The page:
BMI View: We have been tracking the deployment of Carbon and Capture Store (CCS) projects globally over the past two years and our views are ful ly playing out, with t he withdrawal of the last project left in the running for the first NER300 funding round confirming the persistent difficulties facing the sector. With CCS proving a high cost abatement option, we anticipate that a lack of funding and a deficit in political support will continue to tak e a significant toll on the de velopment and deployment of CCS, casting shades over the second NER300 funding round to be held in 2013.
Lack Of Domestic Political And Financial Backing…
CCS, a family of technologies and techniques that enable the capture of CO 2 from fuel combustion or from industrial processes, has been described over the past few years as a unique and vital element in the global transition to a sustainable low-carbon economy - in both power generation and industry. Yet, while all technologies along the CCS chain have been in operation across various industries for decades, they have only been put together o n an industrial scale (> 1Mt CO2 captured and stored per year) at a small number of installations. The technology is, therefore, technically immature in terms of integrating capture, transport and storage as part of full?scale projects and, in spite of its expected merits, it is currently nothing more tha n a high cost abatement option.
This considered, s trong political and financial backing is a conditio sine qua non for th e commercial development of CCS . Yet, given the current macroeconomic outlook and ongoing shifts in the gas, coal and carbon markets, risks for the technology a ppear to the downside , especially in Europe ( see our online service, April 30 2012, 'CCS: Woefully Off The Pace ).
We have highlighted in a number of occasion s that several European projects were at risk , owing to the ongoing eurozone debt crisis, persistent difficulties in reforming the EU Emissions Trading System (ETS) , access to cheaper coal imports from the United States as well as potential for the development of shale gas. Recent developments have fully vindicated this view, with the withdrawal of the last project left in the running for the first NER300 funding round making the persistent difficul ties facing the sector manifest a nd highlighting a dramatic reversal for a technology that was once seen as a leading element in the EU ' s plans to reduce carbon emissions.
|Too Pricy To Play A Role?|
|CO2 Emissions By Energy Industries In 2007 (Mn Tonnes)|
… Leave CCS Plans In Tatters
Steel giant AccelorMittal ' s decision to withdraw its funding application for a proposed CCS project at the Florange steel mill in north-east France represents the last straw for the EU plans to deliver a series of commercial-scale projects across the continent . The plant was indeed the only remaining viable candidate to secure money from a special EUR 1.5bn fund (the so-called NER300 fund ) created by the European Union as a way to help finance as many as a dozen pilot plants deploying technology to capture and b ury carbon emissions. " T echnical difficulties " were mentioned as the official reason in the case of ArcelorMittal ' s plants, as the plant had received financial bac king from the French government.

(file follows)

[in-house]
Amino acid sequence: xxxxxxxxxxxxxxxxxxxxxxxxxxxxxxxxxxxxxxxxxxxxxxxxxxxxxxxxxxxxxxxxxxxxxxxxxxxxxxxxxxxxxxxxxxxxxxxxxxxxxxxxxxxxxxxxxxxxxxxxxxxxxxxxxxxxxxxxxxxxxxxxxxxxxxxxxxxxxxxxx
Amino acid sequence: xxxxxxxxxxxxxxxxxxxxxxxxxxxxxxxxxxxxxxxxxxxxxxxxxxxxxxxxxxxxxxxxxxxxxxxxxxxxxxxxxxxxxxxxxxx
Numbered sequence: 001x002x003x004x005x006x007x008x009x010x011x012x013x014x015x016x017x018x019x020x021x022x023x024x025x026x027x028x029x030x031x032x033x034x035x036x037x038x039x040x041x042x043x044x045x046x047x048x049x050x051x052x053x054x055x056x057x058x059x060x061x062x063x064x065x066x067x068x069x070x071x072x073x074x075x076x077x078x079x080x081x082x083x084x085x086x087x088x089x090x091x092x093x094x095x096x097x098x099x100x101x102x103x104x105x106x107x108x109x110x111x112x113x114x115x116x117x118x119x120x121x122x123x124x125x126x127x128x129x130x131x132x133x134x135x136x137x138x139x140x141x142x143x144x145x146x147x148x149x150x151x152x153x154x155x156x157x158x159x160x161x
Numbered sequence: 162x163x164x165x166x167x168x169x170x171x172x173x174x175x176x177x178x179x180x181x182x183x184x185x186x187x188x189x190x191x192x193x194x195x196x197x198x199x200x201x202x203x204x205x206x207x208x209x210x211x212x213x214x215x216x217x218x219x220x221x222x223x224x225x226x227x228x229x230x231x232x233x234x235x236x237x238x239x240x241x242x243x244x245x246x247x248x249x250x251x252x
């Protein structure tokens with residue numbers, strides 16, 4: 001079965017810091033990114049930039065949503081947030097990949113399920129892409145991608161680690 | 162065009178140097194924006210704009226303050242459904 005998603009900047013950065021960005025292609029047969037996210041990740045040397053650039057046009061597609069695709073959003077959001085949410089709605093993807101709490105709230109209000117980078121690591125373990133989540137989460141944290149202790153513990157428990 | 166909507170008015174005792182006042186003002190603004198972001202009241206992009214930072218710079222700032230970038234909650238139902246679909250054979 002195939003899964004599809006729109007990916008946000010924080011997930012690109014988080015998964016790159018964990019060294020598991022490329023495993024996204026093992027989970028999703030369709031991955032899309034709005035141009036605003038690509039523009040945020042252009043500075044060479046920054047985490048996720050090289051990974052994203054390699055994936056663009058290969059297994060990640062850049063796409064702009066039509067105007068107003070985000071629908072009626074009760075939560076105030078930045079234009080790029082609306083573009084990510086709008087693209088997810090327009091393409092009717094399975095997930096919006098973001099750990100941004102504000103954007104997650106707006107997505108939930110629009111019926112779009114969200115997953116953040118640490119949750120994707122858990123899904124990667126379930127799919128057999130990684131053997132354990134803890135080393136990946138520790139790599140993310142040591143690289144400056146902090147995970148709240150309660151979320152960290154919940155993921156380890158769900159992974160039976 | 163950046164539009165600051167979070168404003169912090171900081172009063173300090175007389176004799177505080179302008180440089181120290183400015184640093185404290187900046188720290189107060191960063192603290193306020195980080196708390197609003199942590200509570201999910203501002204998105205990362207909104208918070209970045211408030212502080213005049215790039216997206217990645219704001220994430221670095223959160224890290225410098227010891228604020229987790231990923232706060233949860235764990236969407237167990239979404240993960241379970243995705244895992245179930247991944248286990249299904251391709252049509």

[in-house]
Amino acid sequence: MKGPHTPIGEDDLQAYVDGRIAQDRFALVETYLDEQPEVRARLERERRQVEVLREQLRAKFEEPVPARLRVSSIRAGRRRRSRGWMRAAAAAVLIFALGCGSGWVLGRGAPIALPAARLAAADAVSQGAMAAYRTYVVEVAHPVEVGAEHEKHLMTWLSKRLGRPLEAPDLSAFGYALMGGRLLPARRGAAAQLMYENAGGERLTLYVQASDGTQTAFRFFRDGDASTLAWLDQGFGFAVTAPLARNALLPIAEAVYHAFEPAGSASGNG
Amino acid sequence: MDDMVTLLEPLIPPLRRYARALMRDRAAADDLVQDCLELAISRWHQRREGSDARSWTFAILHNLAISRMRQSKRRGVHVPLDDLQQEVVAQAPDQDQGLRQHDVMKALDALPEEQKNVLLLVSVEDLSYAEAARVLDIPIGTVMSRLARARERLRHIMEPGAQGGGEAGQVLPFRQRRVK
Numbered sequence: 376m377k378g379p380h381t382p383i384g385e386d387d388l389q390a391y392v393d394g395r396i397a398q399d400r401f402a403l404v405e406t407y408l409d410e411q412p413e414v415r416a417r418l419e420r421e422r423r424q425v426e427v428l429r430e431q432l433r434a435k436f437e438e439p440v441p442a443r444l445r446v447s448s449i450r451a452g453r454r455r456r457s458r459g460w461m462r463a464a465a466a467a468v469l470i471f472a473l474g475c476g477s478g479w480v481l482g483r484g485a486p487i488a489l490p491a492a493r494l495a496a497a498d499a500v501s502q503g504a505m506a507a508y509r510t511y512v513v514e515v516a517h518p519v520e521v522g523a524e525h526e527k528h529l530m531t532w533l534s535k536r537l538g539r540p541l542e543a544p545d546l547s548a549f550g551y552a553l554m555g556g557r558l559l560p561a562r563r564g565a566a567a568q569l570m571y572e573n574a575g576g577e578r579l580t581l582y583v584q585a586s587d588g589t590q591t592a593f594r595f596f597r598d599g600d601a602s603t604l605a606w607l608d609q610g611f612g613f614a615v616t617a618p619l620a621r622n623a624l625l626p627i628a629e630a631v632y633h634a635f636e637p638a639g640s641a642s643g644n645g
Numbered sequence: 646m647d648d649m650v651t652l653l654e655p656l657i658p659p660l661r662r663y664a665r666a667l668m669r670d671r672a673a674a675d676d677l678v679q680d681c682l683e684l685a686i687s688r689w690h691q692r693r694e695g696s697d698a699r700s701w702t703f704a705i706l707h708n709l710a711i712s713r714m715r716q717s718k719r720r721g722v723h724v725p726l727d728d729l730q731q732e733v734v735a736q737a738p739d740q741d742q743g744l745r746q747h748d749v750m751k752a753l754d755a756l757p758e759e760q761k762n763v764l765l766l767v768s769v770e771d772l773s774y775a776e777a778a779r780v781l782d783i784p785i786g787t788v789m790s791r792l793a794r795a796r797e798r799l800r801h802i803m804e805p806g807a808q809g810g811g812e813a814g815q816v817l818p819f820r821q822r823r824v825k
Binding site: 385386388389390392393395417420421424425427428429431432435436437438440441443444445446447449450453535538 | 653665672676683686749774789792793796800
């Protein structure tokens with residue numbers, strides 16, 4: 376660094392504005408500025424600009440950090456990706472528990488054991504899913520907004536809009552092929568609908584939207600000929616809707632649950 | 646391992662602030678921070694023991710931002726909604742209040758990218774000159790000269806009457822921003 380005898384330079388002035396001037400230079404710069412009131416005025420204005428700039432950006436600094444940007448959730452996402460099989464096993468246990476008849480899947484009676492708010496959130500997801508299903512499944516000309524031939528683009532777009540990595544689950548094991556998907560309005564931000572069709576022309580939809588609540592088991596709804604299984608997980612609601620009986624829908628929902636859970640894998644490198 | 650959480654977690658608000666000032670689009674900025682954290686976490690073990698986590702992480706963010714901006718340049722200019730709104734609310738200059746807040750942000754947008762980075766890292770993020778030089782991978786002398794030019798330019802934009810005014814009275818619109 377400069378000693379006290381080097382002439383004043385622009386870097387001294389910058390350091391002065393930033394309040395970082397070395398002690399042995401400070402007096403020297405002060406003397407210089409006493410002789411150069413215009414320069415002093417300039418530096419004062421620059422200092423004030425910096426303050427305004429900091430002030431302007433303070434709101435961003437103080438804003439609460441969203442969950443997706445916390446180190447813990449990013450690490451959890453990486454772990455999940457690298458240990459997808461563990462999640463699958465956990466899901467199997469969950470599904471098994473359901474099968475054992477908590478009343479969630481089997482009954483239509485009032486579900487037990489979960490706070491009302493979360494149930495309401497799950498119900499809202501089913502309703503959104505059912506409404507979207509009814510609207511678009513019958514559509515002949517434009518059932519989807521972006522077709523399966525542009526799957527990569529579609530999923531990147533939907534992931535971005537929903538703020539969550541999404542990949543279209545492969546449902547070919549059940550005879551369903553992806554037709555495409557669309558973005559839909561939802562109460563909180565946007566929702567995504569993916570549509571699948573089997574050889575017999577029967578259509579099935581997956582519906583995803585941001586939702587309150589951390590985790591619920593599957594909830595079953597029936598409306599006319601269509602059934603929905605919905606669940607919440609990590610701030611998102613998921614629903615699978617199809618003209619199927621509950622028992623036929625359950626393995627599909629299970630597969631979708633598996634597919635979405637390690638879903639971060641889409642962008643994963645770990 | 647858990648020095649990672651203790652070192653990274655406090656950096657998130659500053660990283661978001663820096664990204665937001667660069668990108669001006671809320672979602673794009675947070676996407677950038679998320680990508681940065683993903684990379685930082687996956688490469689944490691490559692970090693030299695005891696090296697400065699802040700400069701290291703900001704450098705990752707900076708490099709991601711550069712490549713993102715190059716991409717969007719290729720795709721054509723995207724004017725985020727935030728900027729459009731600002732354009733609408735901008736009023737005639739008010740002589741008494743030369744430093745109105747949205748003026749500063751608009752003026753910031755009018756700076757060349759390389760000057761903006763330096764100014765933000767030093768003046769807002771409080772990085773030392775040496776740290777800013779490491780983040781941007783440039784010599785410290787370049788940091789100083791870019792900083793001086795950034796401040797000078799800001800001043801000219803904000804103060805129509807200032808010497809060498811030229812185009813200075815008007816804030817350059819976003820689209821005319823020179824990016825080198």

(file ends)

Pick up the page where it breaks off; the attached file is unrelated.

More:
That said, we note that lack of reassurance about the degree of financial backing from member states was key in precipitating the disqualification of a number of projects, most notably the UK ones in November 2012 ( See our online service, November 14 2012, 'CCS View In Play: Outlook Remains Uncertain' ).
|Project category||Member State||Project|
|Source: European Commission|
|Pre-combustion||UK||Don Valley Power Project|
|Post-combustion||PL||Belchatow CCS Project|
|Industrial application||Green Hydrogen||Green Hydrogen|
|Pre-combustion||UK||The Teeside CCS Project|
|Oxyfuel||UK||Oxy CCS Demo|
|Pre-combustion UK C.GEN North Killingholme Power Station||UK||C.GEN North Killingholme Power Station|
|Post-combustion||IT||Zero Emission Porto Tolle|
At the moment of writing, it is still unclear whether the EU will decide to reallocate the EUR 300m n earmarked for the Florange plant to other renewable energy projects or roll the money over into the second round of NER300 funding awards next year. Yet, we note that with the first round setting a precedent, the future of CCS in Europe appears more precarious than ever.